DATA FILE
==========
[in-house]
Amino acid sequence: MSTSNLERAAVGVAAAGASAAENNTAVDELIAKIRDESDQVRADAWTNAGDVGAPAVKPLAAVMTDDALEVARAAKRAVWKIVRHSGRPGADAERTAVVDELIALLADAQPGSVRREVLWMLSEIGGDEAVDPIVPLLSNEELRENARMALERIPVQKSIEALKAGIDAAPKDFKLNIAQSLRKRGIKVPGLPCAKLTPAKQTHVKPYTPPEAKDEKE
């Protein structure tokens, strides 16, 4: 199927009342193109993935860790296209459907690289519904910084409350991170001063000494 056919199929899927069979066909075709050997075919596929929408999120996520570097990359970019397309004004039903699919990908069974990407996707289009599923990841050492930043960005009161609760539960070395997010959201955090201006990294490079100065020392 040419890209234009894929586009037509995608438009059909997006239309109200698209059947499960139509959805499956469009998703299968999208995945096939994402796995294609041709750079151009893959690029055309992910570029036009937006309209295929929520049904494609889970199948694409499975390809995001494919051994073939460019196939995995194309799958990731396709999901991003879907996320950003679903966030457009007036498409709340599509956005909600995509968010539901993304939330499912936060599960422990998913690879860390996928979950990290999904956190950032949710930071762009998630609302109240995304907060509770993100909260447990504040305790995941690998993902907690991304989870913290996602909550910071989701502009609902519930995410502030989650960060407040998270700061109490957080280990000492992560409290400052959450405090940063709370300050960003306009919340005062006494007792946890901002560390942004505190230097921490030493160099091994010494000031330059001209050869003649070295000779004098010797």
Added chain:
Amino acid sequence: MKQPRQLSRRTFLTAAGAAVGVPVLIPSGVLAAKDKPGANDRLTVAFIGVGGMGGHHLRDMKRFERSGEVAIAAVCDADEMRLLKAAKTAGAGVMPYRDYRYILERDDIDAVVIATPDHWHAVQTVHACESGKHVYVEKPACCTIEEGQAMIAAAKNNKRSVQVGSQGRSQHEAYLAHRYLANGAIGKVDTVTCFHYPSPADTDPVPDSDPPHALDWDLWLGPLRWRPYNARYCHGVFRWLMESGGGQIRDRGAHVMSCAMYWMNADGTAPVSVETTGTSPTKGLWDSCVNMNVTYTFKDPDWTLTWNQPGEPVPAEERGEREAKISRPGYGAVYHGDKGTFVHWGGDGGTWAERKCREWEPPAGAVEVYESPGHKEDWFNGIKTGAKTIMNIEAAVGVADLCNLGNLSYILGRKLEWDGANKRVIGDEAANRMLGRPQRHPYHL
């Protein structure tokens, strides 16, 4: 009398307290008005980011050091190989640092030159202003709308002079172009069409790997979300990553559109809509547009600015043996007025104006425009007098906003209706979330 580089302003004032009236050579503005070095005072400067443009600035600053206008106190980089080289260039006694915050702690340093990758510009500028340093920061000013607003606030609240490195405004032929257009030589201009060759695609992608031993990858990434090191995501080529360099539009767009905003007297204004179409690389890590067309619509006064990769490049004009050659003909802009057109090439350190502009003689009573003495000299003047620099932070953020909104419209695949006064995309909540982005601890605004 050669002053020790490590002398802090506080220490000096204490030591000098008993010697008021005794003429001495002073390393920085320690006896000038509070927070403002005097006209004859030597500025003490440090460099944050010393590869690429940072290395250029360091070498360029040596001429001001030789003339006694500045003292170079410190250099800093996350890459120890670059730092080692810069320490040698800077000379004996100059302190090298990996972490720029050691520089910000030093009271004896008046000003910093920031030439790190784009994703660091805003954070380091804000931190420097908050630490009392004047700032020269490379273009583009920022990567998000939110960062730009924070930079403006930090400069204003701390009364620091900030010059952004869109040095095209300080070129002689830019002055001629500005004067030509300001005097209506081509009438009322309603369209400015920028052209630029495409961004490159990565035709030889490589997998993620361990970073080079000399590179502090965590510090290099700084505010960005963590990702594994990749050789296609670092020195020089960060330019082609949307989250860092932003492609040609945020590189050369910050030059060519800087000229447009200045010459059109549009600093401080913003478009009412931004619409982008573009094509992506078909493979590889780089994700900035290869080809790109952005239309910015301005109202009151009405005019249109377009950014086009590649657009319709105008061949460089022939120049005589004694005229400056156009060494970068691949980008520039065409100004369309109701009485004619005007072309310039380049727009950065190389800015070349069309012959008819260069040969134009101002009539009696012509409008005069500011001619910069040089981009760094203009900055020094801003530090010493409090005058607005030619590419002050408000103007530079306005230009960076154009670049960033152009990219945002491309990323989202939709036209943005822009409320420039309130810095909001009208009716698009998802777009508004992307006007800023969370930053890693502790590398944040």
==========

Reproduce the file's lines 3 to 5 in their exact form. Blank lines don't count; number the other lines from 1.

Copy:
């Protein structure tokens, strides 16, 4: 199927009342193109993935860790296209459907690289519904910084409350991170001063000494 056919199929899927069979066909075709050997075919596929929408999120996520570097990359970019397309004004039903699919990908069974990407996707289009599923990841050492930043960005009161609760539960070395997010959201955090201006990294490079100065020392 040419890209234009894929586009037509995608438009059909997006239309109200698209059947499960139509959805499956469009998703299968999208995945096939994402796995294609041709750079151009893959690029055309992910570029036009937006309209295929929520049904494609889970199948694409499975390809995001494919051994073939460019196939995995194309799958990731396709999901991003879907996320950003679903966030457009007036498409709340599509956005909600995509968010539901993304939330499912936060599960422990998913690879860390996928979950990290999904956190950032949710930071762009998630609302109240995304907060509770993100909260447990504040305790995941690998993902907690991304989870913290996602909550910071989701502009609902519930995410502030989650960060407040998270700061109490957080280990000492992560409290400052959450405090940063709370300050960003306009919340005062006494007792946890901002560390942004505190230097921490030493160099091994010494000031330059001209050869003649070295000779004098010797």
Added chain:
Amino acid sequence: MKQPRQLSRRTFLTAAGAAVGVPVLIPSGVLAAKDKPGANDRLTVAFIGVGGMGGHHLRDMKRFERSGEVAIAAVCDADEMRLLKAAKTAGAGVMPYRDYRYILERDDIDAVVIATPDHWHAVQTVHACESGKHVYVEKPACCTIEEGQAMIAAAKNNKRSVQVGSQGRSQHEAYLAHRYLANGAIGKVDTVTCFHYPSPADTDPVPDSDPPHALDWDLWLGPLRWRPYNARYCHGVFRWLMESGGGQIRDRGAHVMSCAMYWMNADGTAPVSVETTGTSPTKGLWDSCVNMNVTYTFKDPDWTLTWNQPGEPVPAEERGEREAKISRPGYGAVYHGDKGTFVHWGGDGGTWAERKCREWEPPAGAVEVYESPGHKEDWFNGIKTGAKTIMNIEAAVGVADLCNLGNLSYILGRKLEWDGANKRVIGDEAANRMLGRPQRHPYHL